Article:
DOWNTOWN BROOKLYN — The retired NYPD officer charged with gunning down his Greenpoint neighbor in front of their apartment before an armed standoff with police is expected to plead guilty following a psychiatric evaluation, his defense lawyer said Friday.
Gene Barrett's lawyer Arthur Aidala has requested a doctor to conduct a full analysis of the former police officer's mental health issues, which will be presented to the court and help determine what kind of plea deal is fair, he said
"It's not a case that's going for a trial. It's what we call an 'untryable' case," Aidala said.
"[Barrett] did not have the mental capacity to understand what he was doing and what was going on," Aidala said. "He doesn't know he needs [treatment]. He's a nice guy. He's a super nice guy. He's not stupid."
Barrett is accused of shooting his 45-year-old neighbor Joseph Stepinski, a window washer, in the head on the sidewalk in front of their apartment building at 185 Greenpoint Ave. on March 6.
He then retreated into Stepinski's apartment where he holed himself up in a two-hour-long standoff with police, where he trained a gun at a responding officer and later admitted, "it was me," prosecutors said.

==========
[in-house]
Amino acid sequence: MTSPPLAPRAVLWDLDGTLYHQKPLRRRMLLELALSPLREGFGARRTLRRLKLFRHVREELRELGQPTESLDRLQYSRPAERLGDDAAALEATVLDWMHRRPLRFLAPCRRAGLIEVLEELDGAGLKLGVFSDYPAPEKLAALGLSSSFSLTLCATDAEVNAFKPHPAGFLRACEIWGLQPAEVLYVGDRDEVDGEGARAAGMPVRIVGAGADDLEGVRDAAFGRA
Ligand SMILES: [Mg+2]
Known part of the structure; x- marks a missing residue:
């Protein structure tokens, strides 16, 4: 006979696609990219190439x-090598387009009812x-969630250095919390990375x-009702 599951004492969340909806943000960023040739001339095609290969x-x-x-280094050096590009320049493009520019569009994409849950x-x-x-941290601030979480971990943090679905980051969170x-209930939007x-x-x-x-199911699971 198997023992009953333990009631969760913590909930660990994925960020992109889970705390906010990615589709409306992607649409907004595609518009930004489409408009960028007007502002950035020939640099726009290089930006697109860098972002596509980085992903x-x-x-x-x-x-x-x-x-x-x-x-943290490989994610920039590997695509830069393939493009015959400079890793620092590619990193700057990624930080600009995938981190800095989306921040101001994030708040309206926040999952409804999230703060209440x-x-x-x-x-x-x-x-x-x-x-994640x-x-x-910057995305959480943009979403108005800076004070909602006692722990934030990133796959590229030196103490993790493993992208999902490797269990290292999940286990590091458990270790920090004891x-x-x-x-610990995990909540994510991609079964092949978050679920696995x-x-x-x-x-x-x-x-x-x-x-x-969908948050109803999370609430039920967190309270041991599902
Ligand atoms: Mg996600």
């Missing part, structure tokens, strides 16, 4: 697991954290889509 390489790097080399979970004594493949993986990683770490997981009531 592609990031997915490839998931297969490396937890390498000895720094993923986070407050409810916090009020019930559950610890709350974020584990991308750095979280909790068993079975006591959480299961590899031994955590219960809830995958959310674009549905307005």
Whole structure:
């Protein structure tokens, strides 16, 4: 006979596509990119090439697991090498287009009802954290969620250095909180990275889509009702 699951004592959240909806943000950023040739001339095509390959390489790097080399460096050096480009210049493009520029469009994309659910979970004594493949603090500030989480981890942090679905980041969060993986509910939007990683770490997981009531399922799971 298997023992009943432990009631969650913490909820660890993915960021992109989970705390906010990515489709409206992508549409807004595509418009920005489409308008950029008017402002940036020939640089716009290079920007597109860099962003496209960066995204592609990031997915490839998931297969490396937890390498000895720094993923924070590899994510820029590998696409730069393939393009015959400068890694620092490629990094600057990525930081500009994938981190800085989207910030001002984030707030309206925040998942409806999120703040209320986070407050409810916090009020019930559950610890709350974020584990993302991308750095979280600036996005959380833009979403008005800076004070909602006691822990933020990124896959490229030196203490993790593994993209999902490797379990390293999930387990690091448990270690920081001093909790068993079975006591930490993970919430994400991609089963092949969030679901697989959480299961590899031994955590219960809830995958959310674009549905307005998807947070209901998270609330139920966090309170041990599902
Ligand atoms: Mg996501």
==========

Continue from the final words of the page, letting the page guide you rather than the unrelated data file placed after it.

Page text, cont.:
Barrett had harassed and threatened people for years, according to residents and businesses owners near his Greenpoint Avenue home, who called him a "neighborhood terror." Eventually neighbors stopped reporting the abuse when police never arrested him, DNAinfo reported. Many on the block knew he was a retired police officer who carried a gun.
In a jailhouse interview in May, Barrett called Stepinski's girlfriend, Melissa Rotundo, a "f--ing c--t," a pervert, and said he believed that she and his landlord and others on the block were conspiring to get him out of his rent-stabilized apartment.
Records obtained through a Freedom of Information Request showed Barrett dialed 911 repeatedly to say his landlord or neighbors were harassing him, to say his tires had been slashed, or that his neighbors were making false accusations against him.
Barrett obviously suffers from mental illness, but has never had psychiatric treatment, Aidala said. "He just doesn't see the world the way we do."
Once Bardey has made a complete diagnosis, Aidala will have a better idea of what kind of treatment he'll seek for Barrett and what kind of plea deal he can negotiate.
"What he's suffering from — is it something that can be addressed or fixed?" the lawyer said.
Barrett's next court date is July 26.